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Re: [ontolog-forum] a skill of definition - "river"

To: "[ontolog-forum]" <ontolog-forum@xxxxxxxxxxxxxxxx>
From: "John F. Sowa" <sowa@xxxxxxxxxxx>
Date: Mon, 16 Feb 2009 22:20:27 -0500
Message-id: <499A2CFB.5070403@xxxxxxxxxxx>
Steve, Frank, Duane, and Mike,    (01)

Some comments.    (02)

JFS>> The source of vagueness is in the subject matter, not
 >> in the choice of language.    (03)

SN> That formulation confuses things, because it blurs the
 > crucial distinction between the kind of existence that
 > a thing has, and the kind of existence that a subject
 > of conversation has.    (04)

I agree that your distinction is important, but I was addressing
a different question:  Given a particular kind of existence (say
mathematical systems or natural phenomena), how does the nature
of the subject matter affect the way any language (natural or
artificial) can be used to describe it?    (05)

If the subject is precise, such as mathematics, statements
in natural languages can be just as precise as statements
in logic.    (06)

But if the subject is continuously variable, such as most
natural phenomena, predicates with sharp boundary conditions
cannot be precisely mapped to the phenomena.  It is irrelevant
whether those predicates are expressed by NL words or by
symbols in some version of logic.    (07)

SN> *All* subjects of conversation are vague, because every
 > human consciousness is very much a world unto itself, whose
 > isolation is relieved only by the signs it interprets and emits.    (08)

The first line is false, and the condition following "because"
is so complex that it's more distracting than helpful.    (09)

Two mathematicians can talk on the telephone about mathematics
and understand each other just as precisely as if they were
filling a blackboard full of symbols.  They would prefer to have
a blackboard because it makes it easier for them to keep a large
pattern of relationships in mind.  But even without a blackboard
their NL sentences are precise.    (010)

FK> Most of these issues are not issues in real life, as people
 > introduce conventions and artificial measures.    (011)

Every issue I discussed in the previous notes in this thread
is *critical* to real life.  In the legal system, for example,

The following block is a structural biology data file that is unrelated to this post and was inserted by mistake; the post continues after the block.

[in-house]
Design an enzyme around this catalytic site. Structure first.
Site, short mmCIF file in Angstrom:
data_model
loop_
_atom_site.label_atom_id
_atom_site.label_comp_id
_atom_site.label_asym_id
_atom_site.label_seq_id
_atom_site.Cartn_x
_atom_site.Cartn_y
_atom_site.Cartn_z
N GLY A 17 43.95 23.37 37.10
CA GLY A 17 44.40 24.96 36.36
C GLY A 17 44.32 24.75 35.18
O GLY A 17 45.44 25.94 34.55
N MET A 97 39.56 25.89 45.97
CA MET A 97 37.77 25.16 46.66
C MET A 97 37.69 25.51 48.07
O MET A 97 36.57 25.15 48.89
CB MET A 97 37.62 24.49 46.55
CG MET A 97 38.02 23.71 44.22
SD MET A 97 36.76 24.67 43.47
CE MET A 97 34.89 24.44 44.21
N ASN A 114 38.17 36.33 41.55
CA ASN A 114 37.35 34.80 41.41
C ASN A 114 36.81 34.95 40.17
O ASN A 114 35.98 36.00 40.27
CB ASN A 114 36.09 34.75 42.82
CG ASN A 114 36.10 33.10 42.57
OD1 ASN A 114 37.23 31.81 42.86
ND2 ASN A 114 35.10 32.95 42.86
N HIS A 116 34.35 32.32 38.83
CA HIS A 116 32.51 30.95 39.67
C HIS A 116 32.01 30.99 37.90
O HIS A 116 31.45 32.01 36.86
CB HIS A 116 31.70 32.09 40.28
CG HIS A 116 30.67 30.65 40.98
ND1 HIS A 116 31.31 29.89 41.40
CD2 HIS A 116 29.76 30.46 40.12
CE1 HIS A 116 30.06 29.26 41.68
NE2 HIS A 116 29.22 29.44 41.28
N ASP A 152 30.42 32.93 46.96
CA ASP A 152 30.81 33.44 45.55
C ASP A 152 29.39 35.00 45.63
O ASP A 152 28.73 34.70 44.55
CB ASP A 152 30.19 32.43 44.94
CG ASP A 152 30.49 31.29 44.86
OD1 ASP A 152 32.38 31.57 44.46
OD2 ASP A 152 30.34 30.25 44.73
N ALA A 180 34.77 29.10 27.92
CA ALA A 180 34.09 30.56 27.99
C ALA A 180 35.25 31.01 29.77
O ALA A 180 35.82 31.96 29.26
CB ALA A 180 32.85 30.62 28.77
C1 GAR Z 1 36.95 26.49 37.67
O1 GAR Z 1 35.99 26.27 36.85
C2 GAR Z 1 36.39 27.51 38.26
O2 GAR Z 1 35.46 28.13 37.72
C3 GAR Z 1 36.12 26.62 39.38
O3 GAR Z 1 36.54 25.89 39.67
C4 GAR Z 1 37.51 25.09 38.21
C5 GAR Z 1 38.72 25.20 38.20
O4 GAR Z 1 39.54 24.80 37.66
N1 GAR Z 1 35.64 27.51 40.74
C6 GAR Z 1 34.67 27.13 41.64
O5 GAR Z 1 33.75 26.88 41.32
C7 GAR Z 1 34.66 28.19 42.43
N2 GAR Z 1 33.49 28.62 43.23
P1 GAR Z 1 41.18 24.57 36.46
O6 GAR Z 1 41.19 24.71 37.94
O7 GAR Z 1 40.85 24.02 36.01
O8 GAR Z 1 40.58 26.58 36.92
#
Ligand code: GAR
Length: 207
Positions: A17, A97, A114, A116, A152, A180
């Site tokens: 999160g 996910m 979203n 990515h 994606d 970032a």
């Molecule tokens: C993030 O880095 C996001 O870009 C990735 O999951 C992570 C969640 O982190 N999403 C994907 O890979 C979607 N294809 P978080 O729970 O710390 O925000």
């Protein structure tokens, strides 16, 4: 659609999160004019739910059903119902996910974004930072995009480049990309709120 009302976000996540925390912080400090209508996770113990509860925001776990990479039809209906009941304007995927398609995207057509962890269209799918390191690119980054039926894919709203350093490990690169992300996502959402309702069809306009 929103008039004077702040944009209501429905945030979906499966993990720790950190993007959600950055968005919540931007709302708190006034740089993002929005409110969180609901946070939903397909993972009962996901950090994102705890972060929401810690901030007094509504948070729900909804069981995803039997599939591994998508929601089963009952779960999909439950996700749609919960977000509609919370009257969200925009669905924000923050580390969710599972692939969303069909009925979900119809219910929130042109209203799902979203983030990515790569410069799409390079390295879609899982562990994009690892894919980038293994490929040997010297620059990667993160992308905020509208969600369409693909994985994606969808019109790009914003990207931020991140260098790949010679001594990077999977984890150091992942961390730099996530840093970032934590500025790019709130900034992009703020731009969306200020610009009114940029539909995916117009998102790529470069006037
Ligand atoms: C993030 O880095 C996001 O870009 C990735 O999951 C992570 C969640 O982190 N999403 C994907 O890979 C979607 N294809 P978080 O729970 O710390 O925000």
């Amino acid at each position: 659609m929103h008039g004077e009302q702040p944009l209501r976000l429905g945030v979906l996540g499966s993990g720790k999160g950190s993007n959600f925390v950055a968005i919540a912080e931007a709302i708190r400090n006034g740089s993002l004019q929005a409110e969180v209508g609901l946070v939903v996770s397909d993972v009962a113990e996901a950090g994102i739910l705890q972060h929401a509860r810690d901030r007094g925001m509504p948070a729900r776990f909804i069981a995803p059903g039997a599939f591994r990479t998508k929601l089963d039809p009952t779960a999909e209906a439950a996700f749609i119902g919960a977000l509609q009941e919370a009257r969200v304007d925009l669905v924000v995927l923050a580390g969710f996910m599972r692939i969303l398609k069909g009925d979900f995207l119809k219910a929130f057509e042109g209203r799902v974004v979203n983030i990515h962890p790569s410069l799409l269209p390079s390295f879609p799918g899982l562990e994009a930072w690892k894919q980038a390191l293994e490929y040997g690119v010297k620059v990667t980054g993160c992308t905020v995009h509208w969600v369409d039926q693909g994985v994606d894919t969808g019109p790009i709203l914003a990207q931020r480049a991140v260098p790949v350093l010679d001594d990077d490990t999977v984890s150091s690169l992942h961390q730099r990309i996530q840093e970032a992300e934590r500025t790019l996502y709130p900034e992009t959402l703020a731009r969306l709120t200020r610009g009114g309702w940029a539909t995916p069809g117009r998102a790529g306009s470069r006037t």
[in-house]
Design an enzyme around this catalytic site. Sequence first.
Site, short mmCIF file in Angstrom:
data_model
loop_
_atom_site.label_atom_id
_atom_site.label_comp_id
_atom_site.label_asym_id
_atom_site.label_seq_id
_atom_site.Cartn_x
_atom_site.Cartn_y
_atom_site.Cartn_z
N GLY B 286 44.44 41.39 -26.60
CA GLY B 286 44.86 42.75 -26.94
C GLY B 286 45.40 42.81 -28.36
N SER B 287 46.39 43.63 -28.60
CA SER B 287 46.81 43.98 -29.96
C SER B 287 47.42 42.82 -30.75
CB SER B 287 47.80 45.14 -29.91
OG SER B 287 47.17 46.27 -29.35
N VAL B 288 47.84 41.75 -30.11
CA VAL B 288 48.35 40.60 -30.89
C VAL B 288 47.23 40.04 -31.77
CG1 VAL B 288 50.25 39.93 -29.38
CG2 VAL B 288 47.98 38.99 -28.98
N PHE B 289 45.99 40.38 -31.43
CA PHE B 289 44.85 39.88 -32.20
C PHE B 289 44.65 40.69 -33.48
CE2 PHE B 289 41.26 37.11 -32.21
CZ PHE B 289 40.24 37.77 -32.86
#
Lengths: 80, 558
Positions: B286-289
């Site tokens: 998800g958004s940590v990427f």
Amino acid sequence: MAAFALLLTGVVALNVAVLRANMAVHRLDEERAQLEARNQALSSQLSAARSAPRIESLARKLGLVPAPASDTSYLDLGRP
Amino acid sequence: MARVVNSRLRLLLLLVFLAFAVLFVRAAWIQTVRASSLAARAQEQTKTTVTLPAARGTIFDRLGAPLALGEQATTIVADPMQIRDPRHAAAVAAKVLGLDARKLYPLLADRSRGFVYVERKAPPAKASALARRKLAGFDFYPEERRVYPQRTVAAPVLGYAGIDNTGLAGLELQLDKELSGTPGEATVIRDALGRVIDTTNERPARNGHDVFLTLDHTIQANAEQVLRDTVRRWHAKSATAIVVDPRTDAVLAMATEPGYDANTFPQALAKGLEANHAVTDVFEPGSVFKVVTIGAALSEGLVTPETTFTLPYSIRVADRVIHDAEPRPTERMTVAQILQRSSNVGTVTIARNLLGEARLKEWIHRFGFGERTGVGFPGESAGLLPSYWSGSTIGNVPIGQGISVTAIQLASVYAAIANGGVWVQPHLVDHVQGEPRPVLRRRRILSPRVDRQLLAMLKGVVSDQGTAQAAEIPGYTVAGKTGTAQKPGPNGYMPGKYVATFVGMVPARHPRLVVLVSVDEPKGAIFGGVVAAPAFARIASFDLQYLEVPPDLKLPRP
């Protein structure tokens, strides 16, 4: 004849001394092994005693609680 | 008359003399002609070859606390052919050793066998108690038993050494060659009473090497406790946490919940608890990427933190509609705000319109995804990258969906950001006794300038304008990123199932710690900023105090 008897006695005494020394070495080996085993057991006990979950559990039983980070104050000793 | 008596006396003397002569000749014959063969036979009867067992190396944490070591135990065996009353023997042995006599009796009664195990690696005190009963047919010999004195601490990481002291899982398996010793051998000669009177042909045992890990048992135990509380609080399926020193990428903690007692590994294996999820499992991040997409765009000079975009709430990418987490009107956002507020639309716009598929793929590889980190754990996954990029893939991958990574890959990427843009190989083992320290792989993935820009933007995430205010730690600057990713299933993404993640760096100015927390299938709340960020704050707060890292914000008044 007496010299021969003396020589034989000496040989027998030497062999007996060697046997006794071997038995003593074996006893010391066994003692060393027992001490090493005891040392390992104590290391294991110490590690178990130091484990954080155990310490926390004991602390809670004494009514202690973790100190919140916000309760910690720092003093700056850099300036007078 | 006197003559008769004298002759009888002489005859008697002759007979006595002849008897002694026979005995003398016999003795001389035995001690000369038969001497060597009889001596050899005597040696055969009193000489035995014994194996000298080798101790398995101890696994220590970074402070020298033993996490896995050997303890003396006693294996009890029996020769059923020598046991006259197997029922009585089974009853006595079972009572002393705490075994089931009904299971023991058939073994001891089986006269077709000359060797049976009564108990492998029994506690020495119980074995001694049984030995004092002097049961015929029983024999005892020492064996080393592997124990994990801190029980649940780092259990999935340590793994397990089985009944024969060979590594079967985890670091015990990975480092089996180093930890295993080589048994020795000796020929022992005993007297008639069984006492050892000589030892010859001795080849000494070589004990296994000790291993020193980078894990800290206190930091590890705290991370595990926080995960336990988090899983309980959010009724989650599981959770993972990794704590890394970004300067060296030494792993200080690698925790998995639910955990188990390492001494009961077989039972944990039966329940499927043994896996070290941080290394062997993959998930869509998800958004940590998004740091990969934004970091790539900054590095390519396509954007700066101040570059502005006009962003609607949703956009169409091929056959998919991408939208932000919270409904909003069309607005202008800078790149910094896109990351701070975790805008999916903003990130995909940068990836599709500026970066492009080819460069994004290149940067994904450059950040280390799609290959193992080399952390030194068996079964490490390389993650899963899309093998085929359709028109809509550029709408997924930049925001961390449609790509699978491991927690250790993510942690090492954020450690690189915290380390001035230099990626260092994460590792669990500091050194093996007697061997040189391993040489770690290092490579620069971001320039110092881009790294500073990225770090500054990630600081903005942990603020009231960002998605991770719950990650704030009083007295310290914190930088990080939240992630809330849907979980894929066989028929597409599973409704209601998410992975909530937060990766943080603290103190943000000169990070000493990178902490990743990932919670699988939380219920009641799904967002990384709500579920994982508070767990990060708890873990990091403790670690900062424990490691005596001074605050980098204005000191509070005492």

the obvious cases are settled out of court, because the guilty
party knows very well that there is no chance of acquittal.    (012)

So the overwhelming number of cases that go to trial by judge
and jury are the borderline cases where those problems arise.    (013)

It is true that people do agree on large numbers of artificial
standards, conventions, and measures.  But the research on
knowledge representation (for example, the Cyc system, which
has defined over 600,000 concept types) shows that the number
of exceptions grows faster than the number of rules.    (014)

DN> I would argue that the context in which the question posed...
 > would be crucial.    (015)

Indeed.  That point is not only crucial, it is key to addressing
the problem of dealing with the overwhelming number of exceptions.    (016)

DN> This list could go on and on to infinity, thus supporting
 > John's argument in another thread that capturing all possible
 > detail in a formally documented ontology is probably an
 > impossible task.    (017)

Yes.  In developing Cyc, Lenat & Co. learned an important lesson:
low-level "microtheories" devoted to specific kinds of problems in
narrow contexts are more important than the upper-level categories.    (018)

The upper level is useful, but not for detailed reasoning.  It is
more important for providing guidelines about the kinds of things
to represent and how to represent them.  For detailed reasoning,
the low-level, context-dependent microtheories are "where the
action is".    (019)

MB> I think the problem is not one of having too much to capture.
 > Rather, it is a matter of trying not to capture too much. I think
 > it takes imagination and constraint to know when to stop, and
 > the Protege example given at the root of this thread was a good
 > example of what happens when you don't. The scenarios you
 > describe relate to realistic reasons to make the appropriate
 > ontological commitments for specific business purposes.    (020)

Yes.  That is what the Cyc project showed.  They discovered that
most of the detail should be removed from the upper levels and
put in the domain or context dependent lower levels.    (021)

John    (022)

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